… or how to fail at restoring keycaps
… and fix it afterward
Recently, I’ve bought a drowned (at least it looked like drowned :D) and burned (at least it looked like burned :D) Schneider CPC464 and C64 Breadbin.
Well, maybe this CPC was simply laying in a wet cellar next to a central heating system but drowned&burned sounds more thrilling 😀
C64 is another story and this time, I’ll focus on CPC.
Auction on a bidding portal obviously stated that machines are untested so I already knew that it’ll be broken – which is cool since I’ve never had an occasion to play with CPC and a broken CPC promised a good adventure 😀
After opening a package I was kinda surprised because CPC looked like someone stepped on it … and stayed there for a while
I’ve figured that plastic case deformations had to be caused by some sort of high-temperature source. Here is a close-up of a deformed part.
PSU and launching it
First of all, I didn’t have a PSU for this unit. However, I have a lot of PSUs laying in my garage so I’ve simply chosen a nice-looking 5V and 3A. I had to mod it a little.
Once that was sorted I could start looking for other problems.
Of course, the machine didn’t boot at first launch so I quickly disassembled it.
Spotting the main issue wasn’t a big deal at all.
The problem was with the power supply circuit and obvious as hell.
Just have a look at this pretty example of a broken solder point.
Excited as hell I quickly fixed it and attempted the first launch. Attempted …. because I didn’t have a proper video cable. Quick google find told me that there is a composite video signal so I connected it and was kinda surprised with the outcome. It was really dark output but hey! it booted !!
CPC 464 has a very good RGB signal so the plan was to make a monitor cable that would feed the signal to the TV via a SCART connector.
Connection schematic is below.
PCB cleaning and further fixes
I already had all disassembled so I started to clean a PCB from old dust. In general, PCB wasn’t in that bad shape but I’ve noticed that in upper right corner area (video out connector) all look way more corroded than the rest of the PCB. I decided that I’ll desolder monitor connector just to have a look at what may lurk under it and I must admit that I am glad I did it.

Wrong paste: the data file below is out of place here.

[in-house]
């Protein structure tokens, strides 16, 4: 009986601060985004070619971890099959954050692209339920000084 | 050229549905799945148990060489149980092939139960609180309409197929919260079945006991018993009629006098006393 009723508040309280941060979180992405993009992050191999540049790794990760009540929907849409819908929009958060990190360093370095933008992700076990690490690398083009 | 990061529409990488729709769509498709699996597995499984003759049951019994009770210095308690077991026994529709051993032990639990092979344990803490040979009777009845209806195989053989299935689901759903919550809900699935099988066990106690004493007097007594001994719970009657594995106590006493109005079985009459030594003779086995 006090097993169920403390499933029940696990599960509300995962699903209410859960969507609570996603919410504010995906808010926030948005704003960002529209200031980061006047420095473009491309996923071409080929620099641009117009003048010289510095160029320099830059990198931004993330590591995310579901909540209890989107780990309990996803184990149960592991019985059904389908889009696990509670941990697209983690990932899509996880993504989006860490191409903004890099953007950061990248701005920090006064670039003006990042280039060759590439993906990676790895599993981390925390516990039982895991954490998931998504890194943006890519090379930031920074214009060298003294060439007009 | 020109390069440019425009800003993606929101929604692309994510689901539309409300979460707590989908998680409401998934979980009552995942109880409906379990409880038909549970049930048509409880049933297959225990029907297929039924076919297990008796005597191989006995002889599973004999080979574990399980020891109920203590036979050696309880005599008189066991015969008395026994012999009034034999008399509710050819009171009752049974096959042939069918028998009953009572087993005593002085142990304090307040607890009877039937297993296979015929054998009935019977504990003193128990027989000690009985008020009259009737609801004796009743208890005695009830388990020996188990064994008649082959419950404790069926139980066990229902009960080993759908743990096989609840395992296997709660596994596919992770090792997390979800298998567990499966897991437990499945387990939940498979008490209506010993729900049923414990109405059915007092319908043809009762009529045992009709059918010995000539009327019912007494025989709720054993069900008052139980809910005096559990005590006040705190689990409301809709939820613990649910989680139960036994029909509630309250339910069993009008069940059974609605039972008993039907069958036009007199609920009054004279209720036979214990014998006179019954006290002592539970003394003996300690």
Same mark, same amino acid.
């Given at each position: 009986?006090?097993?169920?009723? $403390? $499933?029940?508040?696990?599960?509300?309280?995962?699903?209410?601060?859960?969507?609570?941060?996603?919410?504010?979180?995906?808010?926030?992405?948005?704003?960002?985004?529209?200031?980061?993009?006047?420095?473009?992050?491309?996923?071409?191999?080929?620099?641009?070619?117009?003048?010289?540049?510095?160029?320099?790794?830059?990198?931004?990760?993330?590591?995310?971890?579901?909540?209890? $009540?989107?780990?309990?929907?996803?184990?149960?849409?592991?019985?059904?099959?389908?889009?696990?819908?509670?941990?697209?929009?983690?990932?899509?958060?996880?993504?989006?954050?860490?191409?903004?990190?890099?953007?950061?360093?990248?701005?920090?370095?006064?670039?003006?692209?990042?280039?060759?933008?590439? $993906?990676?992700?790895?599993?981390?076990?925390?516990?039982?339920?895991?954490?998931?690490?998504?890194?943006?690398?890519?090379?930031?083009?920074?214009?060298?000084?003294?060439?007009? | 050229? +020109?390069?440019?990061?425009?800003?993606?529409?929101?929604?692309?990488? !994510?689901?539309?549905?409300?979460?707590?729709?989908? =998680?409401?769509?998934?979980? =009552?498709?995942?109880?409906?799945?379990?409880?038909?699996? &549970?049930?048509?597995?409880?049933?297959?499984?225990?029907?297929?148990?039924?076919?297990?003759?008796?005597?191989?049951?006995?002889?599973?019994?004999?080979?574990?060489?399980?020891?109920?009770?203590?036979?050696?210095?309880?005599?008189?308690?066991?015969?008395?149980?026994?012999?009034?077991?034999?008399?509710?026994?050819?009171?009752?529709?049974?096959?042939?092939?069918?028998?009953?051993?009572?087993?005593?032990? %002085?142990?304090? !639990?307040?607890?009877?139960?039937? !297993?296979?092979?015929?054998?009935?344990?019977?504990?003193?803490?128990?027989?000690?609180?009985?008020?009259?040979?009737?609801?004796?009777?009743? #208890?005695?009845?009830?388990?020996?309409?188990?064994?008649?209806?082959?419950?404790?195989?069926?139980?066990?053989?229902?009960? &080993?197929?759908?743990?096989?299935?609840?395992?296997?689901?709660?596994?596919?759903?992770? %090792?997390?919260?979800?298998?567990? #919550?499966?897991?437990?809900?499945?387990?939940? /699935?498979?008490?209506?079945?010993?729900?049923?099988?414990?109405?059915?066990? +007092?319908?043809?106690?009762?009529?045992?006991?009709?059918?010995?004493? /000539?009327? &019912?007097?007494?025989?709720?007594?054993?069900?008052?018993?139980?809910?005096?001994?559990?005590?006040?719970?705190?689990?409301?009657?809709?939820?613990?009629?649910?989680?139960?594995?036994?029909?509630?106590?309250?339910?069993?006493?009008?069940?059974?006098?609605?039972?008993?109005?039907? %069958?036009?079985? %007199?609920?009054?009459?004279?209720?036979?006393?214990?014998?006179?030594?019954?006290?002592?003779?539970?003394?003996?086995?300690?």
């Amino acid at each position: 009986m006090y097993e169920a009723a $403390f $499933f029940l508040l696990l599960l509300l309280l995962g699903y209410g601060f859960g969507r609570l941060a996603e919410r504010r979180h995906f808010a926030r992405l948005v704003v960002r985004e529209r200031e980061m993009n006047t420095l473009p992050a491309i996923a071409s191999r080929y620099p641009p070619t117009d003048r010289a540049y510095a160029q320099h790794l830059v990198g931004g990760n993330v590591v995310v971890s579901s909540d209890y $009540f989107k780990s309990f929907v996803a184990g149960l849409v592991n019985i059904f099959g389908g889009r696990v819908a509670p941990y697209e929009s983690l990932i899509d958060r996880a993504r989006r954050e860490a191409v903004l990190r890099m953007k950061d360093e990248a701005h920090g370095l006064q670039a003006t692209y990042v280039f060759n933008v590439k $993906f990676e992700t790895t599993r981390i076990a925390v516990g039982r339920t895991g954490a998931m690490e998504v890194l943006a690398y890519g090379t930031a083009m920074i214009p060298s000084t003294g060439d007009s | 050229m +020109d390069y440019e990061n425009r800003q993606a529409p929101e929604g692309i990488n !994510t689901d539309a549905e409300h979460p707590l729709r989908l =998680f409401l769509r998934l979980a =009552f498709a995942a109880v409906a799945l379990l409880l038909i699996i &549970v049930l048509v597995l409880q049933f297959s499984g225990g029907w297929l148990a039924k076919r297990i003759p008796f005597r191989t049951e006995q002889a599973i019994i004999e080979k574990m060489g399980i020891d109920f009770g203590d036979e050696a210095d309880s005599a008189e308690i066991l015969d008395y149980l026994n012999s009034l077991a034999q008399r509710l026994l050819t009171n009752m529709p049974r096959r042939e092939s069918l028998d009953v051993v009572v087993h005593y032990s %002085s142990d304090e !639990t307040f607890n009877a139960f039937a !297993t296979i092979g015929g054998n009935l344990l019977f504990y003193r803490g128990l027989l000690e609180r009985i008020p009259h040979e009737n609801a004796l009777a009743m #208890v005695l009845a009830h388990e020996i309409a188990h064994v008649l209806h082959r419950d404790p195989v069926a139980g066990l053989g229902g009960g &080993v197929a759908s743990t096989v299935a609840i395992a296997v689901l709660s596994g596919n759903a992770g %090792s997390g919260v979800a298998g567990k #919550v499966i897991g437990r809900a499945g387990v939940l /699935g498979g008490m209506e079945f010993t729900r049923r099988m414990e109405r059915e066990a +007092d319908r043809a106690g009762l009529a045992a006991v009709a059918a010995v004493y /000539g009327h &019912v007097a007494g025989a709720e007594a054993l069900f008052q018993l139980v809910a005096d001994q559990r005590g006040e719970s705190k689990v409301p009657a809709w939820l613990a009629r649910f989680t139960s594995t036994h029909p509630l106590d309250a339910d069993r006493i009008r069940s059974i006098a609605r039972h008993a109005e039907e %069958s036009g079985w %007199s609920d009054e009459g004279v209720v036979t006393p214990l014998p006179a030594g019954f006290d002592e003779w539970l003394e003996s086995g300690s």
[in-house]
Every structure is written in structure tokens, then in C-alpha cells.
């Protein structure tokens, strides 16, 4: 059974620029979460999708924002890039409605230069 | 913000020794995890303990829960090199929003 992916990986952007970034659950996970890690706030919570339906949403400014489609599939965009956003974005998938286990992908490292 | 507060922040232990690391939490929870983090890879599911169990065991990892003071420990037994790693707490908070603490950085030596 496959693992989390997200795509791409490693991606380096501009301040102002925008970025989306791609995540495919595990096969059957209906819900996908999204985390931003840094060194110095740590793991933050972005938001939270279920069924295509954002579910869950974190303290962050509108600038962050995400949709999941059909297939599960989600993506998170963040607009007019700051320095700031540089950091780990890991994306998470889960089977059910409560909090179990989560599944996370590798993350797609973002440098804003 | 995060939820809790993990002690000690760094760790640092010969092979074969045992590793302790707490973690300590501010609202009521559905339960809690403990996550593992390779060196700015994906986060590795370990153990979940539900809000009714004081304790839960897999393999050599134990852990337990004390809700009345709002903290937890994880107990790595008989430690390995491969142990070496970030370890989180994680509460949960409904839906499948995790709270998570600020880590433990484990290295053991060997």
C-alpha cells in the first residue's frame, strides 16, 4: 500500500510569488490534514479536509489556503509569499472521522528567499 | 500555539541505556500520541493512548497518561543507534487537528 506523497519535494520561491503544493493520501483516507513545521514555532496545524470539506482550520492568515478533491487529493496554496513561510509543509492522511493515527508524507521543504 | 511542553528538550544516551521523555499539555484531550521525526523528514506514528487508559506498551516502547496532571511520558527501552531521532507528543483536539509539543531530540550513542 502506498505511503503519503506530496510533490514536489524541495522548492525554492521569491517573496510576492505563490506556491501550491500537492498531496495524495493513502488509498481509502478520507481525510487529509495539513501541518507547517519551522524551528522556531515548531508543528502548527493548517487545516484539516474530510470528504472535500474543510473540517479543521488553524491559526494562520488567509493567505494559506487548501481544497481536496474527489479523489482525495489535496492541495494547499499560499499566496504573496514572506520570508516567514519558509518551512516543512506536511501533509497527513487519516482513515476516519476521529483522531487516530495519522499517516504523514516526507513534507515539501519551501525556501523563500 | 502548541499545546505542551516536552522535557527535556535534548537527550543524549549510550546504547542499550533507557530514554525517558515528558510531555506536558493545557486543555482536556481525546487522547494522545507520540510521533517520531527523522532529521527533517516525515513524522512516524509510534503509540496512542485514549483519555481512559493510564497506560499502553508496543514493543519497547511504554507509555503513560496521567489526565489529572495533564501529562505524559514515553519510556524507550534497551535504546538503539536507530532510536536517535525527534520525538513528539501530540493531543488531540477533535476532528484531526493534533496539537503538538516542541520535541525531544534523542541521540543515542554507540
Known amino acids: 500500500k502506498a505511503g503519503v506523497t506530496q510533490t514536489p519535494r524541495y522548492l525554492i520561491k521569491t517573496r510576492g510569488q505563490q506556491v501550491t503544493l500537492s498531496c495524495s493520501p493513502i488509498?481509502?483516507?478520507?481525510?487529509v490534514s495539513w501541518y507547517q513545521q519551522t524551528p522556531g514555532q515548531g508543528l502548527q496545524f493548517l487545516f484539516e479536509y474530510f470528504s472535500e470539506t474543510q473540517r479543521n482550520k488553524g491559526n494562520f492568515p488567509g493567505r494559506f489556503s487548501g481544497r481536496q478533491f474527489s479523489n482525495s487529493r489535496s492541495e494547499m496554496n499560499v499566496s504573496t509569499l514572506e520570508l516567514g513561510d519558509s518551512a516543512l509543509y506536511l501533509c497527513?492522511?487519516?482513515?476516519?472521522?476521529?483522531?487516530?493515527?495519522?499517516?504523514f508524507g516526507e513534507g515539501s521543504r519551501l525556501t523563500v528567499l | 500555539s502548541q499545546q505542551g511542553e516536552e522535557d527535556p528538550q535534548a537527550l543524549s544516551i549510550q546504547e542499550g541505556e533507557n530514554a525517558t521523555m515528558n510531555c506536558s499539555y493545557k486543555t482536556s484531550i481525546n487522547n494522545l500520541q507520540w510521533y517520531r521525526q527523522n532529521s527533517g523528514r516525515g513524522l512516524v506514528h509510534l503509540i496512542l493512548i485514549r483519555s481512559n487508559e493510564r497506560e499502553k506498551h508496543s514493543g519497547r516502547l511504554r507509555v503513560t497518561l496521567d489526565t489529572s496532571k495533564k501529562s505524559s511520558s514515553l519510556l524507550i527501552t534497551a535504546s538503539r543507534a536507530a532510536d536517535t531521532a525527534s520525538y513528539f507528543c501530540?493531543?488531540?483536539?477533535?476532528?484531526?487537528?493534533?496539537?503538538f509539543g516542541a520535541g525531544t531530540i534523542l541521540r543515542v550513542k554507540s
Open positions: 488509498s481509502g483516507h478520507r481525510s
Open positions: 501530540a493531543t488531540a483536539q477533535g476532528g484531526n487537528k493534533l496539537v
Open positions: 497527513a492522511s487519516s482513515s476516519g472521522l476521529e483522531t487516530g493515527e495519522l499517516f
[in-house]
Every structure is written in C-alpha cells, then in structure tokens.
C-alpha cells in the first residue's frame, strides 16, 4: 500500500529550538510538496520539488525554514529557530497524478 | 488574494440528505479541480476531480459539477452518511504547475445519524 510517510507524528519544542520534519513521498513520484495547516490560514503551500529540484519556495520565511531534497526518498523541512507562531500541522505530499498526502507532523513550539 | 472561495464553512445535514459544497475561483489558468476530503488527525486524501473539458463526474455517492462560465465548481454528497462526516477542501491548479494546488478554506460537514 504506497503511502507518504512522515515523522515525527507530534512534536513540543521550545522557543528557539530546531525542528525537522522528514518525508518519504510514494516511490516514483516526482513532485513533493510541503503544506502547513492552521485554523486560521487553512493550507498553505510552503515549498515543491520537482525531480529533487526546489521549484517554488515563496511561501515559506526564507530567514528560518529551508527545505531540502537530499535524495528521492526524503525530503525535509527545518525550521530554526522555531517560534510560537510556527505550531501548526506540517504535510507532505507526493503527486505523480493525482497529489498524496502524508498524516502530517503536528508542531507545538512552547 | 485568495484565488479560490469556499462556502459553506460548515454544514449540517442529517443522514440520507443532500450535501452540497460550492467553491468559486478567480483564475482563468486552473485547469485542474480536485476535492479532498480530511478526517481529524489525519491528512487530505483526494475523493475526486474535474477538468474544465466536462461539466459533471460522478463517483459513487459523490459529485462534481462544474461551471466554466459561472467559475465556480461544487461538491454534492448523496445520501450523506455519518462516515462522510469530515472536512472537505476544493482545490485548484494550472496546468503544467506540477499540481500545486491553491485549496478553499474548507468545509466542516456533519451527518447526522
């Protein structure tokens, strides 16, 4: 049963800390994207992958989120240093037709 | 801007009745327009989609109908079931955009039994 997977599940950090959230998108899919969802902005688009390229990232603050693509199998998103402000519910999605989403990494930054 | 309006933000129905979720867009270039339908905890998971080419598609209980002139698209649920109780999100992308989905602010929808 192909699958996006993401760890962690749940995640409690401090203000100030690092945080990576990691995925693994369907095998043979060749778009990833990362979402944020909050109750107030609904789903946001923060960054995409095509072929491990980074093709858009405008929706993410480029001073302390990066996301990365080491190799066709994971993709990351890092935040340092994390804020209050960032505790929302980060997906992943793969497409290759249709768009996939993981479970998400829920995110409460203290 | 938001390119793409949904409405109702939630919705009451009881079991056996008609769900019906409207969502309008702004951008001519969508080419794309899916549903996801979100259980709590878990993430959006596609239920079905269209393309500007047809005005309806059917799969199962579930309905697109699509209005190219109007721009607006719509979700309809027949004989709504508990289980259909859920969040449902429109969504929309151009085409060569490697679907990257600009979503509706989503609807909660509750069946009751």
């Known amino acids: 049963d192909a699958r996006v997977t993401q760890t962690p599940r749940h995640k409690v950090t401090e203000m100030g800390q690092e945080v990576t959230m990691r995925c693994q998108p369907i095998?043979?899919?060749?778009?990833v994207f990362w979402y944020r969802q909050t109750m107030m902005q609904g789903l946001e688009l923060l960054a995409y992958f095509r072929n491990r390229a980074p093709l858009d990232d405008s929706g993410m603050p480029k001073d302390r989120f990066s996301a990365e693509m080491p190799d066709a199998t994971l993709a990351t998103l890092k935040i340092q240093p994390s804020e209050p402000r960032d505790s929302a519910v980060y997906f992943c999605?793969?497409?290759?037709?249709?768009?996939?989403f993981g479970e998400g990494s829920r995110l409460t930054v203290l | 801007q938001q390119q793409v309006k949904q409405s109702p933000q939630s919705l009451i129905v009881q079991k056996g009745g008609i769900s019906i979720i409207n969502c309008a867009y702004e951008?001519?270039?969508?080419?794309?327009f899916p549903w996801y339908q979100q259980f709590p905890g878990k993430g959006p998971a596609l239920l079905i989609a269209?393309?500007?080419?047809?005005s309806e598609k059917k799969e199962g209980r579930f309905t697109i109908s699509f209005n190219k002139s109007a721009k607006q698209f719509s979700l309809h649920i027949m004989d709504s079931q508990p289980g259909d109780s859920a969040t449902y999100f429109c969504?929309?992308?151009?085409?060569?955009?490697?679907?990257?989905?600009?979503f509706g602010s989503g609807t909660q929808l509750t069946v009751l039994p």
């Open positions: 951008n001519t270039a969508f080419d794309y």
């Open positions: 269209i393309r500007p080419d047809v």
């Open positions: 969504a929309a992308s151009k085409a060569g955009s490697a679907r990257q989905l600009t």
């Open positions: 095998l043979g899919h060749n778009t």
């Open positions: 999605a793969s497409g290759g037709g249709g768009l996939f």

That is what I’ve found.
After cleaning It, it wasn’t much better at all.
Soooo I’ve simply removed the old solder mask…
… and coated ground plane and pads with a thin layer of soldering tin.
After resoldering a monitor connector I was ready to run some tests.
The testing setup was ready and waiting!
Just a few seconds before I turned it on, I took a deep breath aaaaaaand ….. and I farted lol 😀
Fortunately, it was a dry fart so CPC was safe and no more corrosion was introduced to it.
This time, I’ve opened a window (on my Linux box) just in case the ‘smelly one wanted to come back ;P
Anyway, here is a test result. woooohoooo !!
Keyboard and case repairs
Right, with electronics fixed I could move on to cleaning and fixing the keyboard and that was kinda messy as you can see below.
CPC464 keyboard is an interesting one.
It has two springs. External and large to force the keycap to return to its original position and a second small spring that presses on a membrane and makes contact.
What I usually do to clean keycaps is to throw ’em into a solution of sodium hydroxide (WARNING HIGHLY CAUSTIC STUFF !!). This removes various greasy and organic substances. However, what I didn’t know (and check) keycaps in CPC are made from a kind of polymer that might degrade in such a solution. The end result was very disappointing. Keycaps were super clean but they also turned white after drying up :/
I wouldn’t be myself if I didn’t at least try to repair it, so after a tiny gulp of whiskey, I was ready for action HA!
I quickly assembled a ‘Magic cauldron’ setup and started to boil ingredients.
CPC Keyboard recovery voodoo ;P from pit on Vimeo.
The side effect is that keycaps are now a bit glossy.
After assembly, I tested if the keyboard still works, and fortunately, it did work flawlessly.
Below is an example of random drunken-typing 😉
Badges and cassette recorder glass
The Cassette recorder had small plexiglass that was looking quite ugly.
Obviously, it needed refurbishing but first I had to literally cut it out because it was covered in some sort of gooey crap.
I’ve sanded both sides with grade 400 sandpaper first and 1500 grade afterward and polished it with car wax to finish the repair.
Badges had to be cut out too …
… however, cleaning it with ancient glue was kinda hard …
… but doable with acetone!
Still, there was a problem with a puncture in the middle of the main badge.
I straightened it with a vise and two aluminum brackets.
After that, I could apply double-sided adhesive tape and I was ready to go with final case fixes
The last thing I did was try to straighten a case. As I wrote earlier, it was kinda deformed. The idea was to build a sort of improvised clamping device and work on deformed plastic with hot air.
The plan sorta worked but I am not super satisfied with the end result. It can be done better but I simply don’t have that wide oven at the moment 😀
Unfortunately, I don’t have any software (yet!) to record a demo of this old machine working so only photos of the results are posted below.
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